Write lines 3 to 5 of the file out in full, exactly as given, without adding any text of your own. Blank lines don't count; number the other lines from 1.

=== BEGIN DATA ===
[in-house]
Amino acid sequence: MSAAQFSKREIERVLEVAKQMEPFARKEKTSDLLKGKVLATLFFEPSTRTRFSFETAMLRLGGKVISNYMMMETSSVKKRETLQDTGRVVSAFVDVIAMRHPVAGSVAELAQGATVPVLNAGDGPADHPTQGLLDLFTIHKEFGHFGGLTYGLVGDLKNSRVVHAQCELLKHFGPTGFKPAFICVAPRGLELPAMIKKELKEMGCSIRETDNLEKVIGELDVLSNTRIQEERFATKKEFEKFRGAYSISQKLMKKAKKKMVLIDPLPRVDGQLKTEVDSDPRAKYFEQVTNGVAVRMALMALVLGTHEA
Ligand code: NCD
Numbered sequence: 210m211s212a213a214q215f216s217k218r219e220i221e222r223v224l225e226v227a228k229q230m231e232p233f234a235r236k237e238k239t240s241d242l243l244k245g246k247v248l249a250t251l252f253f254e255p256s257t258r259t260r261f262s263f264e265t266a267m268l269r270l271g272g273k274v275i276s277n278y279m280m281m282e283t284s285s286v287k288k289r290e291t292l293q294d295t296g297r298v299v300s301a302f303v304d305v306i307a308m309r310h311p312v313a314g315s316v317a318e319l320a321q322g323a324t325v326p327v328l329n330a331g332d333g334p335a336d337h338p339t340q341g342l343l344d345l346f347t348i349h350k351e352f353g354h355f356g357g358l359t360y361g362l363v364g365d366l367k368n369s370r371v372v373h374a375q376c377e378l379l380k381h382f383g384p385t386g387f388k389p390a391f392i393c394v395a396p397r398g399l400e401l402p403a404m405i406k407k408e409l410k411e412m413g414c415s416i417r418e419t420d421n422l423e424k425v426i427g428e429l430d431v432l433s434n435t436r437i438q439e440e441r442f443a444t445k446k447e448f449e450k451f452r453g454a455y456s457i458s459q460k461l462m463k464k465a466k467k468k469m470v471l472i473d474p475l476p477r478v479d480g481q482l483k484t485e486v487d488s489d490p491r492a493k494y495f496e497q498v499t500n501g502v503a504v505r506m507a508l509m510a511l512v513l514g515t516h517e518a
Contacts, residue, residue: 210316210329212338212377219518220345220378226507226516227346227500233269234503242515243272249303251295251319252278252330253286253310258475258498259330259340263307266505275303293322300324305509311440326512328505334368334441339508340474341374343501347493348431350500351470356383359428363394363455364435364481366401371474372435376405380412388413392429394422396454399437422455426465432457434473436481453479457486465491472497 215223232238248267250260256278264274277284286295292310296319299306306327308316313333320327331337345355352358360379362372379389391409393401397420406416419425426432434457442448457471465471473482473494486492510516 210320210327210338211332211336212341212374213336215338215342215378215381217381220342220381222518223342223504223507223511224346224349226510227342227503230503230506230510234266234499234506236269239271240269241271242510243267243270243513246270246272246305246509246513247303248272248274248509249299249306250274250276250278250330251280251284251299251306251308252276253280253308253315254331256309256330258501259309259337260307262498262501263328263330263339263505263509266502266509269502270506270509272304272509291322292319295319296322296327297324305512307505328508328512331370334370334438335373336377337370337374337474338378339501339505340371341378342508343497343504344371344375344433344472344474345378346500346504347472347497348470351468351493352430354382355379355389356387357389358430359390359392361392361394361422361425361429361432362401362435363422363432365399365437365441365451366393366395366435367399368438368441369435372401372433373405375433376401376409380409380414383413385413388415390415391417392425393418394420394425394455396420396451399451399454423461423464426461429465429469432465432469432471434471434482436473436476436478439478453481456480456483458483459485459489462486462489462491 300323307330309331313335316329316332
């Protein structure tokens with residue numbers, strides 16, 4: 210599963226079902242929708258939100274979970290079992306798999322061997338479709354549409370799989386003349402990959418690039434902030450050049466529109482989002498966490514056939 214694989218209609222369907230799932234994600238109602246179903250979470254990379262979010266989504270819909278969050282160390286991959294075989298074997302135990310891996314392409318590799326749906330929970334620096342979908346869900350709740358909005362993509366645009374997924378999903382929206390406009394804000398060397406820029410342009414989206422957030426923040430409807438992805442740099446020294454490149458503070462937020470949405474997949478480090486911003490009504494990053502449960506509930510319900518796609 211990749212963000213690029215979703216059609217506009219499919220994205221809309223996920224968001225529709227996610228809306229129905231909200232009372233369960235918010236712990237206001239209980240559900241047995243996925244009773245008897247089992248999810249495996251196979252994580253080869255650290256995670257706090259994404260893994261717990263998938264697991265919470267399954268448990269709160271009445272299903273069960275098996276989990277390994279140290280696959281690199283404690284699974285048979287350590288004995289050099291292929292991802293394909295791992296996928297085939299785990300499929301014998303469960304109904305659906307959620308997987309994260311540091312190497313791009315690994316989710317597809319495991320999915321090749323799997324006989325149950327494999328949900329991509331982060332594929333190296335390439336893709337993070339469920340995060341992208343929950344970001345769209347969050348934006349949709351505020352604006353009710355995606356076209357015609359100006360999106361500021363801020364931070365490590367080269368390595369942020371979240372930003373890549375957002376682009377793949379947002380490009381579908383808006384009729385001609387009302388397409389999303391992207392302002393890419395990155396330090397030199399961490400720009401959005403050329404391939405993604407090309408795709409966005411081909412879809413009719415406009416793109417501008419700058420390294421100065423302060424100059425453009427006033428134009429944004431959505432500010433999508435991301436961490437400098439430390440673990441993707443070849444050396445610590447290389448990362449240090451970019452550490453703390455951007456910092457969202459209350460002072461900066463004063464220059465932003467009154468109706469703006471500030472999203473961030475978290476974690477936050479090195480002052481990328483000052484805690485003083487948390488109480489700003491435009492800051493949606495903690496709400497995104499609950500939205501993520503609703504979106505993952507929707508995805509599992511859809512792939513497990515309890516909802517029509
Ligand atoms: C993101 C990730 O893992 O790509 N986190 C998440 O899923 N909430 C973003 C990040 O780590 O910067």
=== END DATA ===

Ligand code: NCD
Numbered sequence: 210m211s212a213a214q215f216s217k218r219e220i221e222r223v224l225e226v227a228k229q230m231e232p233f234a235r236k237e238k239t240s241d242l243l244k245g246k247v248l249a250t251l252f253f254e255p256s257t258r259t260r261f262s263f264e265t266a267m268l269r270l271g272g273k274v275i276s277n278y279m280m281m282e283t284s285s286v287k288k289r290e291t292l293q294d295t296g297r298v299v300s301a302f303v304d305v306i307a308m309r310h311p312v313a314g315s316v317a318e319l320a321q322g323a324t325v326p327v328l329n330a331g332d333g334p335a336d337h338p339t340q341g342l343l344d345l346f347t348i349h350k351e352f353g354h355f356g357g358l359t360y361g362l363v364g365d366l367k368n369s370r371v372v373h374a375q376c377e378l379l380k381h382f383g384p385t386g387f388k389p390a391f392i393c394v395a396p397r398g399l400e401l402p403a404m405i406k407k408e409l410k411e412m413g414c415s416i417r418e419t420d421n422l423e424k425v426i427g428e429l430d431v432l433s434n435t436r437i438q439e440e441r442f443a444t445k446k447e448f449e450k451f452r453g454a455y456s457i458s459q460k461l462m463k464k465a466k467k468k469m470v471l472i473d474p475l476p477r478v479d480g481q482l483k484t485e486v487d488s489d490p491r492a493k494y495f496e497q498v499t500n501g502v503a504v505r506m507a508l509m510a511l512v513l514g515t516h517e518a
Contacts, residue, residue: 210316210329212338212377219518220345220378226507226516227346227500233269234503242515243272249303251295251319252278252330253286253310258475258498259330259340263307266505275303293322300324305509311440326512328505334368334441339508340474341374343501347493348431350500351470356383359428363394363455364435364481366401371474372435376405380412388413392429394422396454399437422455426465432457434473436481453479457486465491472497 215223232238248267250260256278264274277284286295292310296319299306306327308316313333320327331337345355352358360379362372379389391409393401397420406416419425426432434457442448457471465471473482473494486492510516 210320210327210338211332211336212341212374213336215338215342215378215381217381220342220381222518223342223504223507223511224346224349226510227342227503230503230506230510234266234499234506236269239271240269241271242510243267243270243513246270246272246305246509246513247303248272248274248509249299249306250274250276250278250330251280251284251299251306251308252276253280253308253315254331256309256330258501259309259337260307262498262501263328263330263339263505263509266502266509269502270506270509272304272509291322292319295319296322296327297324305512307505328508328512331370334370334438335373336377337370337374337474338378339501339505340371341378342508343497343504344371344375344433344472344474345378346500346504347472347497348470351468351493352430354382355379355389356387357389358430359390359392361392361394361422361425361429361432362401362435363422363432365399365437365441365451366393366395366435367399368438368441369435372401372433373405375433376401376409380409380414383413385413388415390415391417392425393418394420394425394455396420396451399451399454423461423464426461429465429469432465432469432471434471434482436473436476436478439478453481456480456483458483459485459489462486462489462491 300323307330309331313335316329316332